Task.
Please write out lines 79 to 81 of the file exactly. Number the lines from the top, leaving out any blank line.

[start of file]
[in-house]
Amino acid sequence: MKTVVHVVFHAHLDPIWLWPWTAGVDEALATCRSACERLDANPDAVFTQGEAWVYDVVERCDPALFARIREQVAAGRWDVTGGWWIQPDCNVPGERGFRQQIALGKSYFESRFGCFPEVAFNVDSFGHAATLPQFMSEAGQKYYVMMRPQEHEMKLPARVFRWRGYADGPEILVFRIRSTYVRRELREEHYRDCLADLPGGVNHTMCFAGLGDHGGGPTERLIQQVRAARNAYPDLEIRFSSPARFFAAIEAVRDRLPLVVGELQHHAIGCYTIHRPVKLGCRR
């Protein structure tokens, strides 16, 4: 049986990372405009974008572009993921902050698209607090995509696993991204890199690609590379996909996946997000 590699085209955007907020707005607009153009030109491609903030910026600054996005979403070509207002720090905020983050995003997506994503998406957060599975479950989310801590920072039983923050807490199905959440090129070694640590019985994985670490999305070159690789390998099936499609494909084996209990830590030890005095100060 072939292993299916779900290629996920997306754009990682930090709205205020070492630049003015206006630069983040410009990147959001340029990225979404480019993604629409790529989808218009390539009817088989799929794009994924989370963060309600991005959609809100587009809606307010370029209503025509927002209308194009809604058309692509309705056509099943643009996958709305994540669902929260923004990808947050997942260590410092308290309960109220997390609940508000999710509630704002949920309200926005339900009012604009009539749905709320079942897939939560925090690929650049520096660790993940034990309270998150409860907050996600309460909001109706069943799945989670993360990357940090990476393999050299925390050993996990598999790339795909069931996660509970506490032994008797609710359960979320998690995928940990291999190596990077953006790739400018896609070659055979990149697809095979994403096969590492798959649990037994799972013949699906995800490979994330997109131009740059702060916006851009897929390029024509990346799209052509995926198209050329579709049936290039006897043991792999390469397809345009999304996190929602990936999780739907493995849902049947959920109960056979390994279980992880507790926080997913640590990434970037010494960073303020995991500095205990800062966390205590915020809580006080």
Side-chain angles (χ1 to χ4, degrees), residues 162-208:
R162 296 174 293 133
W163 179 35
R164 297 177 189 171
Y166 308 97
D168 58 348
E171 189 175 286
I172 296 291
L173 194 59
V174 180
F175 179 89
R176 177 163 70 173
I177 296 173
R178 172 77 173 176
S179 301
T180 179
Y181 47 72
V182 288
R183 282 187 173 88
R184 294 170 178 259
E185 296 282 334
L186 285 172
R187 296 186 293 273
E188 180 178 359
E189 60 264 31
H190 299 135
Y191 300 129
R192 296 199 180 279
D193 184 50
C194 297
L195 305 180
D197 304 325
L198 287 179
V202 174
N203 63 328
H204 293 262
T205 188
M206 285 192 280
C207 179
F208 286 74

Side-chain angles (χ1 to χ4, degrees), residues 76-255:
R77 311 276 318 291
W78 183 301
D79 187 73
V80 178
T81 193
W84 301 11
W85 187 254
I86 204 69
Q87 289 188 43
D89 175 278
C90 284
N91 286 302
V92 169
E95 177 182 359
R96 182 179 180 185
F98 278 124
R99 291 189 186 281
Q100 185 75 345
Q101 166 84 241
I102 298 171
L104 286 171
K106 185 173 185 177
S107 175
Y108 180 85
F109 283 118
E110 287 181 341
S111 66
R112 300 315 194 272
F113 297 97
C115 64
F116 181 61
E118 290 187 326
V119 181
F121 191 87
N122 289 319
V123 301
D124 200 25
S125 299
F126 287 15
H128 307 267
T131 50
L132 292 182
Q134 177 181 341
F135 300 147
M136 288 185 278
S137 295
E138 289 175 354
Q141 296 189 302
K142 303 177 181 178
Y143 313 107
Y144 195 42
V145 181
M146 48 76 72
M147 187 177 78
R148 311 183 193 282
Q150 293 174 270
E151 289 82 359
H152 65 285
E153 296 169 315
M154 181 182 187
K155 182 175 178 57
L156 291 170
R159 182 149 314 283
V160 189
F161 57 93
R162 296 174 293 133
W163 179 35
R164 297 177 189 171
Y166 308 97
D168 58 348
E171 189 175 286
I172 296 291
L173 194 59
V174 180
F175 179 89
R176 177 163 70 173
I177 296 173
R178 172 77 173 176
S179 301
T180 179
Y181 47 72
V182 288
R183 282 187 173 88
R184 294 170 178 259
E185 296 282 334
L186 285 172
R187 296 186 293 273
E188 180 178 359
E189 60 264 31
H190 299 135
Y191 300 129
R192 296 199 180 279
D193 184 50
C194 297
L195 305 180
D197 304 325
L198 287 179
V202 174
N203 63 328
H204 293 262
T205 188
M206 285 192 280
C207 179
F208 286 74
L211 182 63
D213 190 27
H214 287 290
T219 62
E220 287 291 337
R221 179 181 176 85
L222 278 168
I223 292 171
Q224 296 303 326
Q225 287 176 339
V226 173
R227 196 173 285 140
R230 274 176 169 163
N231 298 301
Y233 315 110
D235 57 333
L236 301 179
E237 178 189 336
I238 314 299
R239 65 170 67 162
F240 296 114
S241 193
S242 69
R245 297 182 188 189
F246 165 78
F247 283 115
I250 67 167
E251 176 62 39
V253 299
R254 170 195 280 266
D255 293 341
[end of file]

N122 289 319
V123 301
D124 200 25